Reversim is a big conference that happens every year around October. The attendees are developers, and anyone can submit a talk. After the CFP close, there’s a month for voting for the talks, and then moderators pick talks for their tracks accordingly.
Some might think it’s important to pick just a few really good speakers to represent a company. In our opinion, it’s not the right thing to do in this case. Reversim’s characteristic is community driven, and they love to give opportunities to first time speakers. Even just submitting, without being selected, is great publicity both for the submitter and the company she comes from — due to the voting mechanism. Since many people go through the submissions in order to vote, the exposure is great.
By encouraging our peers to submit, we also created a pool of talks, and we will do our best to make sure that every one of the talks is presented at a certain conference or meet-up. Convincing someone to speak when they already have a talk, is much easier.
But what if someone who’s new to speaking gets chosen, and gives a mediocre talk? Well, we have speaker training, an in house dry run and the official Reversim dry run. We trust the process. If someone does eventually have a mediocre talk then we’re also fine with it. After all, you only get better by practicing. With time their talks will become better and better and eventually we’ll end up with a great speaker. We will also come up as a company that supports our employees and gives opportunities, and this will help us keep our culture healthy. This is why we encouraged each and every one of our peers.
How did we do it? Many companies have some process of supporting personal growth of employees within the organization. We decided to attack the skill of public speaking, which is directly important to one’s career, and also has benefits for the company. The course some of the employees took part in is close to ending now, and this is a perfect opportunity to practice.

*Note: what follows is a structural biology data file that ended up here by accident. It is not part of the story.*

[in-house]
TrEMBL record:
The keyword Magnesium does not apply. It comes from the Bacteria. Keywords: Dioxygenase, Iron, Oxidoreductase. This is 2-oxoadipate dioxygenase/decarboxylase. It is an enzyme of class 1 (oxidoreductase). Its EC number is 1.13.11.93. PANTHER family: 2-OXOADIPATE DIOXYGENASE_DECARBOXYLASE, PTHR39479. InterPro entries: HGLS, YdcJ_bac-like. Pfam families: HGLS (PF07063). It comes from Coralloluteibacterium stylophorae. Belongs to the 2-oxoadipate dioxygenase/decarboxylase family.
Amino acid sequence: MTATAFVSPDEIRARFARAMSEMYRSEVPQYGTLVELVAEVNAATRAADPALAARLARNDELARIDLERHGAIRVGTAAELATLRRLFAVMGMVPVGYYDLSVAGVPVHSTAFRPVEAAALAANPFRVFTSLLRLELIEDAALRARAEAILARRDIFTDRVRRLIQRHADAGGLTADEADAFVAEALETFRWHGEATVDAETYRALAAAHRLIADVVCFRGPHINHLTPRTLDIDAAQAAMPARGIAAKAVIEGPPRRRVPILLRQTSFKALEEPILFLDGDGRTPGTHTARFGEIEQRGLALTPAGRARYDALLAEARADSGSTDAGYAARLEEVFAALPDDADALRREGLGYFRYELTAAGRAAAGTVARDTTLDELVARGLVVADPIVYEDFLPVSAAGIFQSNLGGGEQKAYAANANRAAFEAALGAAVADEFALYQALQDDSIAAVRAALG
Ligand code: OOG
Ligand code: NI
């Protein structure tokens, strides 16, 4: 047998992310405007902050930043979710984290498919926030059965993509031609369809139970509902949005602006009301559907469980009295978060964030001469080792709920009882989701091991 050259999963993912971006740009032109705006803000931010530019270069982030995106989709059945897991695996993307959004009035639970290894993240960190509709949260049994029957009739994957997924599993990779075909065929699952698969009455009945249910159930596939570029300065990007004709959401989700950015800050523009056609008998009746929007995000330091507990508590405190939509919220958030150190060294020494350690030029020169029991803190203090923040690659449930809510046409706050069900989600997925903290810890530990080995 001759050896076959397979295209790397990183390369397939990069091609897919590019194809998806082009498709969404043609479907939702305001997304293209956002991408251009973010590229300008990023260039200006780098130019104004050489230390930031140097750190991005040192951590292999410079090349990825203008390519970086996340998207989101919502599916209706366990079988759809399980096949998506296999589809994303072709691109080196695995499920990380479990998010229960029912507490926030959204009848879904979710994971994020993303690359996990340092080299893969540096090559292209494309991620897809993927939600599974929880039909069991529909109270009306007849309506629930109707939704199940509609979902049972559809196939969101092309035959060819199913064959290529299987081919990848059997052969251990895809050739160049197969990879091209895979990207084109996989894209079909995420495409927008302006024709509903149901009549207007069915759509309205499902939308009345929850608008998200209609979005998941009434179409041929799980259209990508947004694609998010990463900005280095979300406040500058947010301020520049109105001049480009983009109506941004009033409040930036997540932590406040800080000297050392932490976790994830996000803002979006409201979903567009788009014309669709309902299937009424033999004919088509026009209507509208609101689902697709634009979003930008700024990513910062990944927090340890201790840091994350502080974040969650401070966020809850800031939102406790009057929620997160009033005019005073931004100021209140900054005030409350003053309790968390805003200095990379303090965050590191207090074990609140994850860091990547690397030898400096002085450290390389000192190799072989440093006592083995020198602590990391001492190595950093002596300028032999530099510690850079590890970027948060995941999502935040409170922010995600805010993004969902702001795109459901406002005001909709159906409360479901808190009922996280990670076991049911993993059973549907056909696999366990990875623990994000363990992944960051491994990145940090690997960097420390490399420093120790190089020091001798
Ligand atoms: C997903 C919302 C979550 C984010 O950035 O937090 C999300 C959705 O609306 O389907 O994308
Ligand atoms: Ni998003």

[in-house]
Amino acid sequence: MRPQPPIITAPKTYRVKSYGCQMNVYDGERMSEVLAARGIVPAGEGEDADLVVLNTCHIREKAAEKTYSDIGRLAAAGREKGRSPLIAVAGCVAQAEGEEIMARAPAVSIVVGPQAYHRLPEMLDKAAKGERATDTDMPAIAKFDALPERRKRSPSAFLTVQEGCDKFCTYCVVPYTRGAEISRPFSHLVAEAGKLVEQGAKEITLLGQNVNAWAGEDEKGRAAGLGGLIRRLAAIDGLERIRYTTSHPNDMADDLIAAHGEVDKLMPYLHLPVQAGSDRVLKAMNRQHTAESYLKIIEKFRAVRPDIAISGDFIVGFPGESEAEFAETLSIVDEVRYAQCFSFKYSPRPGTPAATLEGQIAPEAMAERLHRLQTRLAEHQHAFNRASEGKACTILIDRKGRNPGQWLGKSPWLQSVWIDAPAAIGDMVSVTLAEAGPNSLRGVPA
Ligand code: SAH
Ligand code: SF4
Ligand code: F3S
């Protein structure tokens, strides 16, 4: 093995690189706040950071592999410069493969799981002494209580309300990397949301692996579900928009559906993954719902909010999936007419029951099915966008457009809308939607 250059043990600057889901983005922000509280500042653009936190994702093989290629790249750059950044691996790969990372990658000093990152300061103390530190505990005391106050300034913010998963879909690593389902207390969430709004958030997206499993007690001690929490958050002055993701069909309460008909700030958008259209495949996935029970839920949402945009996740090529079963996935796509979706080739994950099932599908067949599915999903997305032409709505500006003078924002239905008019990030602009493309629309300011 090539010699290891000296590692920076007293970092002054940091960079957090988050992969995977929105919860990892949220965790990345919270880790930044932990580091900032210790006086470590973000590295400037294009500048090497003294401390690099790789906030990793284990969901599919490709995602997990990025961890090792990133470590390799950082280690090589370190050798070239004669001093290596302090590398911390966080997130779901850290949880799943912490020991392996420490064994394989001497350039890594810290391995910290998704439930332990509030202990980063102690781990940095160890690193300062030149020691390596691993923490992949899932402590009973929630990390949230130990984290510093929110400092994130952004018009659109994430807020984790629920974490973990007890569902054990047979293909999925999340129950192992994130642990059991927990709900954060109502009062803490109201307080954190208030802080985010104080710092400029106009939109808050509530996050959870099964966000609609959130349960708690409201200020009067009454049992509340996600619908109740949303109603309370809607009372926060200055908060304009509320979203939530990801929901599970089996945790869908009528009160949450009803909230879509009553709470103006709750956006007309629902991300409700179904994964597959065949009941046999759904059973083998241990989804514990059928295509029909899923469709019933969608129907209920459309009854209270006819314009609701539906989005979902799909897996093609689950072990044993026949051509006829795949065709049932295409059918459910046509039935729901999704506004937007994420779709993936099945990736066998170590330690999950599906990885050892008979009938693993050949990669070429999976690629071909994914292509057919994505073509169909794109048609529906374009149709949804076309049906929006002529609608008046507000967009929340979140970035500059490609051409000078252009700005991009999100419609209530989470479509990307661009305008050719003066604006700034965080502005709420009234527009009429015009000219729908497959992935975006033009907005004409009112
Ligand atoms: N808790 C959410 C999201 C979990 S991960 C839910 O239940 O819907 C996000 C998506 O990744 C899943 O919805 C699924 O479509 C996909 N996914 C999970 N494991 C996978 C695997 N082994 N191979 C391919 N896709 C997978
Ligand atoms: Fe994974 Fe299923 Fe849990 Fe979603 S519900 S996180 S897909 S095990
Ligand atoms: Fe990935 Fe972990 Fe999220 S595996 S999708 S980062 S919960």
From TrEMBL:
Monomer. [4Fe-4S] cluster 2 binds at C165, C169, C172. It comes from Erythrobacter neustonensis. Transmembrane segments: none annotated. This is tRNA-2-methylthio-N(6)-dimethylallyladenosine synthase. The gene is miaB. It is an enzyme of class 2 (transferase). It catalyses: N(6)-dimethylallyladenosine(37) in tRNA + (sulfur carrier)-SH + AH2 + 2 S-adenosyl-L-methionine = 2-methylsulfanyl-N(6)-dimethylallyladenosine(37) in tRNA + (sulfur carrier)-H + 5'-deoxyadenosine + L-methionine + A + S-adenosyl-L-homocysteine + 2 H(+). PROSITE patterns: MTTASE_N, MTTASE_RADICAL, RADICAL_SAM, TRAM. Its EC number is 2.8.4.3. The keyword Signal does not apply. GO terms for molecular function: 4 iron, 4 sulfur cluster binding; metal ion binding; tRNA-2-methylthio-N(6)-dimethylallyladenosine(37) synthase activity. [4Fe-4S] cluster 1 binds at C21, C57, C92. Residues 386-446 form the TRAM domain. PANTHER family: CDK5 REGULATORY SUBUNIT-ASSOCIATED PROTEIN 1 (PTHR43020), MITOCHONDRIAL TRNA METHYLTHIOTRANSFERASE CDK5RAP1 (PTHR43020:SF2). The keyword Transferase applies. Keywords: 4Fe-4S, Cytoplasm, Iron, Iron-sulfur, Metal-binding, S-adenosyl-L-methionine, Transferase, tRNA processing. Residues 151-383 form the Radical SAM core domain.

Like with the blogs, we split the entire office (including everyone) between four motivators, and:
- Made sure people understand the benefits of speaking.
- Brainstormed with our peers to find ideas. Not always from work — some ideas were side projects.
- Sent our co-workers talks from previous conferences given on similar topics / by similar positions.
- Helped with creating short video for people who didn’t have one (this is mandatory for submission).
- Reviewed the textual proposals.
I can’t state enough how special it is to have this initiative come from the engineers and not from managers. Have individuals in the organization take time to support other peers pushing forward their careers makes the organization incredibly robust. This was supported by managers of course.
This will also help us increase the online and offline visibility of our engineering brand, and of course to recruit new talent.
Reversim had 374 submissions in total this year, 4.3% of them are by BigPanda employees.
What is your community-related culture?